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Windblown “alien things” caused massive COVID outbreak, North Korea says

Balloons carrying anti-North Korea leaflets are released by North Korean defectors, now living on South Korea, on February 16, 2013, in Paju, South Korea.
Enlarge / Balloons carrying anti-North Korea leaflets are released by North Korean defectors, now living on South Korea, on February 16, 2013, in Paju, South Korea.

After an intense, detailed investigation, North Korea has determined what sparked an explosive outbreak of COVID-19 that has led to over 4.7 million “fevers” within its borders since late April. The culprit: “alien things” blown into the country from the South.

According to a report from the official KCNA news agency, North Korea’s outbreak began in early April when an 18-year-old soldier and a five-year-old kindergartener made contact with “alien things in a hill” in the area of Ipho-ri in Kumgang County, which is in the country’s southeastern corner near the border. The two later tested positive for the novel coronavirus, and epidemiological analyses found that those cases were solely behind the country-wide outbreak; the two infections link to greater spread in Kumgang and, from there, into the rest of North Korea.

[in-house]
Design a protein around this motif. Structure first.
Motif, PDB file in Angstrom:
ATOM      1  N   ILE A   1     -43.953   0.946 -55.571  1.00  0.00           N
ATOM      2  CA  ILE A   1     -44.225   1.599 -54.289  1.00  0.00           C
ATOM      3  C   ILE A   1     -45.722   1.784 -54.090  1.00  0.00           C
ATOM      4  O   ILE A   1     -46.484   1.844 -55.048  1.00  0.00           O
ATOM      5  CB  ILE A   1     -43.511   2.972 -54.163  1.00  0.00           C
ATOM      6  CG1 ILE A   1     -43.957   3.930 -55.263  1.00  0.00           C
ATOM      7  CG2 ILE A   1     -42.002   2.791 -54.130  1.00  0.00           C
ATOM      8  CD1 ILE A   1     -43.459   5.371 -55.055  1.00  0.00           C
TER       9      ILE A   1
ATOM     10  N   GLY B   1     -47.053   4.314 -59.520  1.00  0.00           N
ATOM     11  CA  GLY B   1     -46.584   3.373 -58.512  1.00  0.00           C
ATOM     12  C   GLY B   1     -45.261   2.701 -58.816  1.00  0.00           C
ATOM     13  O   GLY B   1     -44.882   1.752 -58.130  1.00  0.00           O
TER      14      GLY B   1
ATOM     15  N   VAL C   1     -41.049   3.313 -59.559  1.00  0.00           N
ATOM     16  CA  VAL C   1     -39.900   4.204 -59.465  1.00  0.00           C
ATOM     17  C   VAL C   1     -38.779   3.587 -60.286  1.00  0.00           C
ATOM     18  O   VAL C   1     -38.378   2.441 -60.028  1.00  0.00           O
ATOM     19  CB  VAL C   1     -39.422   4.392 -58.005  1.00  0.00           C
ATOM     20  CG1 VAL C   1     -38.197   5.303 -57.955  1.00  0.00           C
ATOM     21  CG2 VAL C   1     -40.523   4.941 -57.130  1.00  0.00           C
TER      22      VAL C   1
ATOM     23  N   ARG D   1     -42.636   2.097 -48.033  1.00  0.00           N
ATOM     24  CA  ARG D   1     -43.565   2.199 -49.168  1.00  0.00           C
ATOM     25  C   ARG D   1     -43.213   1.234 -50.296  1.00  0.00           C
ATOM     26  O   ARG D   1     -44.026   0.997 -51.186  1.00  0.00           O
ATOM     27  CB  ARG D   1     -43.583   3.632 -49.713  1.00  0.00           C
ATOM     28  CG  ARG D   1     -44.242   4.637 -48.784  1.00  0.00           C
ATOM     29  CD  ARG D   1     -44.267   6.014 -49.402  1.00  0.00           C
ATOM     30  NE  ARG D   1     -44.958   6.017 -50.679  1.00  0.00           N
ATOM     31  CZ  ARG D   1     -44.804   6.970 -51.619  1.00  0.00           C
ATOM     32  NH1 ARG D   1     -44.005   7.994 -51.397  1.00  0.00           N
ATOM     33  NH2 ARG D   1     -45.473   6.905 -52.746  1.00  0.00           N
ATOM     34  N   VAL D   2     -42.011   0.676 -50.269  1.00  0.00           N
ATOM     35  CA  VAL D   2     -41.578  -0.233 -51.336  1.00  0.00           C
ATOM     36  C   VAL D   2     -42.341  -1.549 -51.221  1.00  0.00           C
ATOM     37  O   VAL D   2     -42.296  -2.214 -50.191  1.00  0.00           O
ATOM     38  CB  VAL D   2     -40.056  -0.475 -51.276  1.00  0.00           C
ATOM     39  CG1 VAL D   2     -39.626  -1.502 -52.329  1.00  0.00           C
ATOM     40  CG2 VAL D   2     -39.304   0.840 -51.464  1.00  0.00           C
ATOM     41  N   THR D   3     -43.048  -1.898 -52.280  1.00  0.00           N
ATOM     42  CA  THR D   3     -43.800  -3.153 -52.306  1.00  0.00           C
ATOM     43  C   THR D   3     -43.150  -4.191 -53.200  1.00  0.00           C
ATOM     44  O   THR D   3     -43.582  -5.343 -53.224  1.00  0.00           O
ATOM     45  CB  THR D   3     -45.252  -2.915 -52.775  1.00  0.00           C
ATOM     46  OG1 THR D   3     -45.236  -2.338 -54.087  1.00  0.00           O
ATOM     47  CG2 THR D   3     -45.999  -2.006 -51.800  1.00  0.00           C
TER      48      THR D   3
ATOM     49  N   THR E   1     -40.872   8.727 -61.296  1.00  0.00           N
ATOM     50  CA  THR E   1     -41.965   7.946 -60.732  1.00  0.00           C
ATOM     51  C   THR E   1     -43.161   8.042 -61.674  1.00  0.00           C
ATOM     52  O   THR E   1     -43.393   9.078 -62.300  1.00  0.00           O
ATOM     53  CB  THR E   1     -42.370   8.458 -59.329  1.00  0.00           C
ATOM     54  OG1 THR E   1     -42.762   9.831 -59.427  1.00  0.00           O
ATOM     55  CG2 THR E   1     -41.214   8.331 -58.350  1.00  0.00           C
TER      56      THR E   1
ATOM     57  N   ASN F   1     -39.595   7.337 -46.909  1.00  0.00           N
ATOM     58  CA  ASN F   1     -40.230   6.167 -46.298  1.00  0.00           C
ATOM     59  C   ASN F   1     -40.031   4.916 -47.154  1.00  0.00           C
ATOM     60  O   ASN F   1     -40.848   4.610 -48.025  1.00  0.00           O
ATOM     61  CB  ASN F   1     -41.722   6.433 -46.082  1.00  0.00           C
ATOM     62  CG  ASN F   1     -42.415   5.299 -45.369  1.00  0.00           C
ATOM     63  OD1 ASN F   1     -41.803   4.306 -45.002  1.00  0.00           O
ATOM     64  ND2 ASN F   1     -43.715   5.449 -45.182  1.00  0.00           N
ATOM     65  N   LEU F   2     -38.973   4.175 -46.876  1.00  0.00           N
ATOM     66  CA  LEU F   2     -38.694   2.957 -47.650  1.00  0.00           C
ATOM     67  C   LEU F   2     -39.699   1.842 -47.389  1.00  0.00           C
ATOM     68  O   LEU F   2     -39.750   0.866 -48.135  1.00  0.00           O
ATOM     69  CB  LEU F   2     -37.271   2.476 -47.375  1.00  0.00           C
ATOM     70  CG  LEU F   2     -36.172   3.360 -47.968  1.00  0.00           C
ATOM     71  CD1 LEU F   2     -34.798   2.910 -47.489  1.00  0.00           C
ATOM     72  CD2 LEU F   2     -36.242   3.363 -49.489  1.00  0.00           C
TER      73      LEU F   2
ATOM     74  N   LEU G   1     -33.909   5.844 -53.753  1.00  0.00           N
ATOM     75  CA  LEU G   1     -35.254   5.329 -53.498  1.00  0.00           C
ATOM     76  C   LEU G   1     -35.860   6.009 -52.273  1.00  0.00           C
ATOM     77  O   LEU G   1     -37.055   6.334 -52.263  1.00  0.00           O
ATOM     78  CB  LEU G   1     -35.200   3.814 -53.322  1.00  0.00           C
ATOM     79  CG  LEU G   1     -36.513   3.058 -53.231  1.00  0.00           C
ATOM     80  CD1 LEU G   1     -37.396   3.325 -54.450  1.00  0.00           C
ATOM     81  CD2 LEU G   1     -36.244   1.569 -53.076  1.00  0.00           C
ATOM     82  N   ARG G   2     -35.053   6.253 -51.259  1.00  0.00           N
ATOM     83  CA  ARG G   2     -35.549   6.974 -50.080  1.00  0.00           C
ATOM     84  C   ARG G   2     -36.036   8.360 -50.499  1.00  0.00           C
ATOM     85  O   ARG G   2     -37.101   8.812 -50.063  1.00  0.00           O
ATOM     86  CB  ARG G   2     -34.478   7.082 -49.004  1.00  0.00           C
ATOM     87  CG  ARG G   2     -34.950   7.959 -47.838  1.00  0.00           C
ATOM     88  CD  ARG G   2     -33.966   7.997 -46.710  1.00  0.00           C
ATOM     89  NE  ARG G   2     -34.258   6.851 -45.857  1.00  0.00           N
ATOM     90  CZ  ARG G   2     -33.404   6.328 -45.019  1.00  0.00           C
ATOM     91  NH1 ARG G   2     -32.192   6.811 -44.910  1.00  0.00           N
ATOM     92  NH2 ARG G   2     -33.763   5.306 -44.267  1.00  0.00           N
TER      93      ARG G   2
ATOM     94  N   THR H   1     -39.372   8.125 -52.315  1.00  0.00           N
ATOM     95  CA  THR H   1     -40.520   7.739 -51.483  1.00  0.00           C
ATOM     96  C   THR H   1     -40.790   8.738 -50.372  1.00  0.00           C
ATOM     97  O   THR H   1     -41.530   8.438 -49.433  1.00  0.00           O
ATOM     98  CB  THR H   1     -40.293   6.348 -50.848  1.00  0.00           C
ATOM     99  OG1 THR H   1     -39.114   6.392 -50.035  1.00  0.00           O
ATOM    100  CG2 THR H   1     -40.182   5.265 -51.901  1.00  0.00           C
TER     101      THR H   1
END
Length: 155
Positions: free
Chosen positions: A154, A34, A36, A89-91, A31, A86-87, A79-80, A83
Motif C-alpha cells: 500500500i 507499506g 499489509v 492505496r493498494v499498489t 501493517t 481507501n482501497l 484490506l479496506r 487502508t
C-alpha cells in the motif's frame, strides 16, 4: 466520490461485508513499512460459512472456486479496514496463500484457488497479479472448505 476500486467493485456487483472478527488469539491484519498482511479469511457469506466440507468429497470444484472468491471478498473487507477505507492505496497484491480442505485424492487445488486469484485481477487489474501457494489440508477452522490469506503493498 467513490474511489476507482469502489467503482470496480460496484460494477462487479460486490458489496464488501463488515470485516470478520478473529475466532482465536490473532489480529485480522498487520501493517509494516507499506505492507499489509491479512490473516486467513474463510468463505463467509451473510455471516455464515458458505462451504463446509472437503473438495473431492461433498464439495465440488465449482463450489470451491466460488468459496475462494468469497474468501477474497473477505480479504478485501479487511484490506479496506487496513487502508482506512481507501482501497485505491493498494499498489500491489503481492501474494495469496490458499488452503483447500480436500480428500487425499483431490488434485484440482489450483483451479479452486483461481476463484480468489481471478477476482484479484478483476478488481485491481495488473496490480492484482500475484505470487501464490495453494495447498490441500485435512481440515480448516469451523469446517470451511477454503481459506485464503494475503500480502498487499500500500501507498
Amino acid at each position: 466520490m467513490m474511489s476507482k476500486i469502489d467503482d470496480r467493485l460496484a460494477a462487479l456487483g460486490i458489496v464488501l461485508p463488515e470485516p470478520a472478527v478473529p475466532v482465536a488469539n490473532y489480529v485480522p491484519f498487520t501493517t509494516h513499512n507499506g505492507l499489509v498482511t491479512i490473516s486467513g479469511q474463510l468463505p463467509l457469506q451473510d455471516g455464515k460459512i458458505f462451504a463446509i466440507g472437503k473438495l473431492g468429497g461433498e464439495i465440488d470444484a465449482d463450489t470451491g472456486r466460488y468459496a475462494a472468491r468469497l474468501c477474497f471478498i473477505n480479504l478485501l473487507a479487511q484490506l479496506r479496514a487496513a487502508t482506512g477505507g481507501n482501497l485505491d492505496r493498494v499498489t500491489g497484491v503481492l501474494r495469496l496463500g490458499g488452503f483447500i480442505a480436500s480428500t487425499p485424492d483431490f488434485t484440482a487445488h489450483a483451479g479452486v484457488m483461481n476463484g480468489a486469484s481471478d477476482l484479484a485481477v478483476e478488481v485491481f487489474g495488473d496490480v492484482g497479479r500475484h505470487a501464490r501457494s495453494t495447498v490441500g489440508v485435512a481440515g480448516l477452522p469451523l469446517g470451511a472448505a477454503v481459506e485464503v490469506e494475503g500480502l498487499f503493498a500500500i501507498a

“It was also ascertained,” the report reads, “that the fever cases reported in all areas and units of the country except the Ipho-ri area till mid-April, were due to other diseases.” The report did not include any information about how officials came to that conclusion.

The report also does not provide any hints about the identity of the “alien things” that allegedly triggered the country’s epidemic. But outside experts on the secretive, authoritarian country suggest that the report is merely an attempt to shift blame for the outbreak and invoke fear and hatred of South Korea. For decades, activists and North Korean defectors in South Korea have launched balloons loaded with leaflets, aid, and other items over the border.

North Korean officials have now issued guidance “stressing the need to vigilantly deal with alien things coming by wind and other climate phenomena and balloons in the areas along the demarcation line and borders.”

In terms of SARS-CoV-2 transmission risks, spread from contaminated objects or surfaces (called fomite transmission) is possible, but the risk is considered very low. Some studies have suggested that the chance of picking up a SARS-CoV-2 infection from a contaminated surface is less than 1 in 10,000. The primary way the virus spreads is via respiratory droplets between people who are in close proximity to each other.

North Korean officials aren’t the only ones in the region making dubious transmission claims. Last month, officials in the Chinese city of Dandong—which sits on the border with North Korea—suggested that wind blowing in from North Korea may explain the city’s steady stream of new infections. Though there’s no evidence to suggest that SARS-CoV-2 spreads via wind over long distances, officials advised residents living along the border to close their windows amid “southerly weather.”

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